My family’s response to my illness and subsequent deafness is a common one among hearing families. It is a tragedy, a misfortune that plagues the household, when a child is deprived of one of her senses—it is all too easy to see her as “broken.” It becomes difficult to face the new reality of special treatment and special education. It was a reality even my younger siblings had trouble grasping. One of my sisters, three years younger than me, would constantly tap on my shoulder to get my attention, never fully understanding why I could not play with her as I used to. Playtime with her and my cousins became a new dynamic: to others, my words were unintelligible, my tears lacked explanation, and there was always a wall between us that I could never penetrate. It was easier to sit on the sidelines and watch.
It was not until we settled in Toronto and I was enrolled in a special class that I realized there were other children like me. Slowly I came to understand that I was hard of hearing and the implications this had for my life. Speech therapy (lipreading) was required to transform garbled strands of speech into articulated words. I was deaf, hearing aids helped me to hear, but speech-reading let me “fill in the blanks.” I never formally learned sign language, though I did know its alphabet and used it as a secret code to talk with my friends.
I became obsessed with hearing, mostly out of fear that I would miss out on what everyone else was experiencing. From my perspective, everyone else heard better—even my classmates—and I was constantly struggling to catch up, to participate in jokes or understand song lyrics that others were singing. I used to blindfold myself to train my ears to hear only through my hearing aids. By the time my friends and I reached high school, we had carved our own paths to better adjust ourselves to the world. I was placed in a gifted education program and fully integrated into a hearing school (a process called “mainstreaming”). Some of my friends stopped speaking and wearing hearing aids, preferring sign language as their primary mode of communication, becoming full-fledged members of the Deaf community. A few got fitted for cochlear implants. Eventually I became an outsider in the same community in which I had once found a sense of belonging, because I had become too “hearing” to be “deaf.” I had an audiological impairment, yes, but I was not culturally Deaf: I did not sign, belong to any Deaf organization, or participate in any Deaf events. But my “accent,” the result of a speech impediment, gave away the fact that I was not truly “hearing.” For years, I was stuck in the limbo between two worlds: never quite deaf enough or quite hearing enough to perfectly fit in one side or another.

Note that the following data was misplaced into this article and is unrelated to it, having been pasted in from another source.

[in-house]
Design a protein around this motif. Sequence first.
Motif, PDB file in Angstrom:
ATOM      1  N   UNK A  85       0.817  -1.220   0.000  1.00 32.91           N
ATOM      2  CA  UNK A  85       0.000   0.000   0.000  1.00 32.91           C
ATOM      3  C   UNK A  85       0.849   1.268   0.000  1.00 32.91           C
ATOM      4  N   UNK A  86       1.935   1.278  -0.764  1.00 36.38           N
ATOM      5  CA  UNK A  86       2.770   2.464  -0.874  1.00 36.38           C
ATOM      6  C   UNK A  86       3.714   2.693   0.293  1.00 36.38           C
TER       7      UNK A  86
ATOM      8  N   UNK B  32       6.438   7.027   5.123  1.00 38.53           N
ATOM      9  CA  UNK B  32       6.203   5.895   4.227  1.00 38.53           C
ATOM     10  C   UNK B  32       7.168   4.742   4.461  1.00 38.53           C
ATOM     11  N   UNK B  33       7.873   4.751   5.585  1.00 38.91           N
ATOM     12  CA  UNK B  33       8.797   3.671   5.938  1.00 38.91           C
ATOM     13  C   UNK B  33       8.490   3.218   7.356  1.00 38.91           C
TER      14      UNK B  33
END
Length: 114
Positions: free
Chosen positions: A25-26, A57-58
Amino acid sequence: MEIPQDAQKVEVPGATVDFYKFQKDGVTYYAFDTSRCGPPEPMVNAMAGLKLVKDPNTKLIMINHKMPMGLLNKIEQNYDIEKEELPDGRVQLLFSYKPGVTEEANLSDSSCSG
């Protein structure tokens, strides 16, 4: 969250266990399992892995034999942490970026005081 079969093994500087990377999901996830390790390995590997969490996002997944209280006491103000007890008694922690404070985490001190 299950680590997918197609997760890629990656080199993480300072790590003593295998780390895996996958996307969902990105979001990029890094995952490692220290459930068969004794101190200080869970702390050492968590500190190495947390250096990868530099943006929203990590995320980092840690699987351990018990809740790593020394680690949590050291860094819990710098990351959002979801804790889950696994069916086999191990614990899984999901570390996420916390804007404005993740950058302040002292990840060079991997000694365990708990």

Jaipreet Virdi is assistant professor of history at the University of Delaware. This is her first book. Find her on Twitter at @jaivirdi or visit her website www.jaivirdi.com.